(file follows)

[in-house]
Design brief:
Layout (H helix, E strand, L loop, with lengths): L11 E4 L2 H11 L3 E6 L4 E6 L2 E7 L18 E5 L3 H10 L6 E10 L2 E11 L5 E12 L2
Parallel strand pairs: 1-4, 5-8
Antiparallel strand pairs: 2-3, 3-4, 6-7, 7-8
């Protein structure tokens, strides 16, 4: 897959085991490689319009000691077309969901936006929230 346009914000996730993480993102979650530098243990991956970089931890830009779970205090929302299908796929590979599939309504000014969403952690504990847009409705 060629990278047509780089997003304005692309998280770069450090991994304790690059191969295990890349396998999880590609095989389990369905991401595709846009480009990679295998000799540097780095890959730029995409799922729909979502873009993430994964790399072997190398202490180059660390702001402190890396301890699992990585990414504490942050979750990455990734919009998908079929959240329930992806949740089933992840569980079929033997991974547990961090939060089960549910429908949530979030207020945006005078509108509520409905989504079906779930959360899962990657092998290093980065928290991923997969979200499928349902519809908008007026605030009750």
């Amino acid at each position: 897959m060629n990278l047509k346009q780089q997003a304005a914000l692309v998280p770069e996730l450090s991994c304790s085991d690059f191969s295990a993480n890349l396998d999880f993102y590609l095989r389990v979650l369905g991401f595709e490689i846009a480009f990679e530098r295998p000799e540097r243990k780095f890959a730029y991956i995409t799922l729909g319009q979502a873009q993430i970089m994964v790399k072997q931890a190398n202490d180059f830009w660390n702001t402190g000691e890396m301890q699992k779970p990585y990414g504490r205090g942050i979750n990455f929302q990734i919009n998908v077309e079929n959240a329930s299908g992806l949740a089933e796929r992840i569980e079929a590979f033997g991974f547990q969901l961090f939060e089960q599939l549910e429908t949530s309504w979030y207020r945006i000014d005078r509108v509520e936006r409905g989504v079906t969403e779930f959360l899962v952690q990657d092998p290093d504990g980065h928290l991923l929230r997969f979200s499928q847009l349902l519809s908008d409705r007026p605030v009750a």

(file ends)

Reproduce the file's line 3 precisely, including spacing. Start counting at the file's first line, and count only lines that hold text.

Layout (H helix, E strand, L loop, with lengths): L11 E4 L2 H11 L3 E6 L4 E6 L2 E7 L18 E5 L3 H10 L6 E10 L2 E11 L5 E12 L2